Margrave sentence example

margrave
  • Otto was descended from Luitpold, duke of Bavaria and margrave of Carinthia, who was killed in 907 fighting the Hungarians.
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  • In 1541 he received Bayreuth as his share of the family lands, and as the chief town of his principality was Kulmbach he is sometimes referred to as the margrave of Brandenburg-Kulmbach.
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  • It was destroyed in 1553 by Albert, margrave of Brandenburg, but has been partly restored.
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  • Conquered by Charlemagne, the most of the district was bestowed on the duke of Friuli; but in the 10th century the title of margrave of Carniola began to be borne by a family resident in the castle of Kieselberg near Krainburg.
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  • In 1689 it was given to Philip William, a younger son of the elector of Brandenburg, Frederick William, and he and his successors called themselves margrave of BrandenburgSchwedt.
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  • In 1410 Jobst, margrave of Moravia, was made emperor of Germany, but died a few months after his election.
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  • Eberhard, duke and margrave of Rhaetia and Friuli, arranged the contents of the edict with its successive additamenta into a Concordia de singulis causis (829-832).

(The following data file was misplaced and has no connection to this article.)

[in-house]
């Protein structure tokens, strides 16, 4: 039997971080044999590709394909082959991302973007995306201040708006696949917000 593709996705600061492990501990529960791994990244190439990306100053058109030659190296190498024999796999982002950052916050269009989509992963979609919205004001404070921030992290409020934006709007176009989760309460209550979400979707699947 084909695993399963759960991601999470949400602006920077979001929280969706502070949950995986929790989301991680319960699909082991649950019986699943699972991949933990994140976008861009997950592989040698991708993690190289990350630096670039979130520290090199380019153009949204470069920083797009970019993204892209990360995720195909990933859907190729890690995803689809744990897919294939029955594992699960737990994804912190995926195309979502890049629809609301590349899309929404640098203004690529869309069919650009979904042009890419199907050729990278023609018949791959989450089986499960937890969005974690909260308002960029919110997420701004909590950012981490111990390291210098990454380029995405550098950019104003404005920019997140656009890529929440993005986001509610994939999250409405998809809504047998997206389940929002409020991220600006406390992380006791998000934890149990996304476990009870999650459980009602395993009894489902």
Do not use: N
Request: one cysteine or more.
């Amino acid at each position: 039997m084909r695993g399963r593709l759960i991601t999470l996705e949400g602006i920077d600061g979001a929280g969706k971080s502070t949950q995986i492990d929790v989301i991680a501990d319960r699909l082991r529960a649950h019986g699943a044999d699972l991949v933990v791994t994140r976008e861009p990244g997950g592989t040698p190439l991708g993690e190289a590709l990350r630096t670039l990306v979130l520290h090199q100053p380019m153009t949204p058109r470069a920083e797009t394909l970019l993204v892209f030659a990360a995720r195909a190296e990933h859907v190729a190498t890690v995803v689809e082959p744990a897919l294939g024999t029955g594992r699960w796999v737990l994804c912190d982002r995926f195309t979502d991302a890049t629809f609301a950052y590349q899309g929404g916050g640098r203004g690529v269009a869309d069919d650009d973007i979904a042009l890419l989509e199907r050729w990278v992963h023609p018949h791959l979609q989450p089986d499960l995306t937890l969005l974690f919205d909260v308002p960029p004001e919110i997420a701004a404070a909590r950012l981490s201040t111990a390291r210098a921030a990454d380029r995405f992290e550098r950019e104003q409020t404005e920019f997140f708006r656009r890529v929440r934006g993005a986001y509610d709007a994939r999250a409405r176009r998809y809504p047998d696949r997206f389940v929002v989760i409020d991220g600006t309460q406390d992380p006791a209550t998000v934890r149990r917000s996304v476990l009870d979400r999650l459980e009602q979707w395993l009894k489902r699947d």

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  • On the 1st of August 1431 a large army of crusaders, under Frederick, margrave of Brandenburg, whom Cardinal Cesarini accompanied as papal legate, crossed the Bohemian frontier; on the 14th of August it reached the town of Domazlice (Tauss); but on the arrival of the Hussite army under Prokop the crusaders immediately took to flight, almost without offering resistance.
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  • In 1552 he was raised to the dignity of Rigsraad (councillor of state); in 1554 he successfully accomplished his first diplomatic mission, by adjusting the differences between the elector of Saxony and the margrave of Brandenburg.
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  • After the death of Gero, margrave of the Saxon east mark, in 965, his territory was divided into five marks, one of which was called Meissen.
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  • About this time he sold his portion of Meissen to his nephew Frederick Tutta, who held the title of margrave and ruled the greater part of the mark until his death in 1291.
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  • During these years the part of Meissen around Dresden had been in the possession of Frederick, youngest son of the margrave Henry the Illustrious, and when he died in 1316 it came to his nephew Frederick.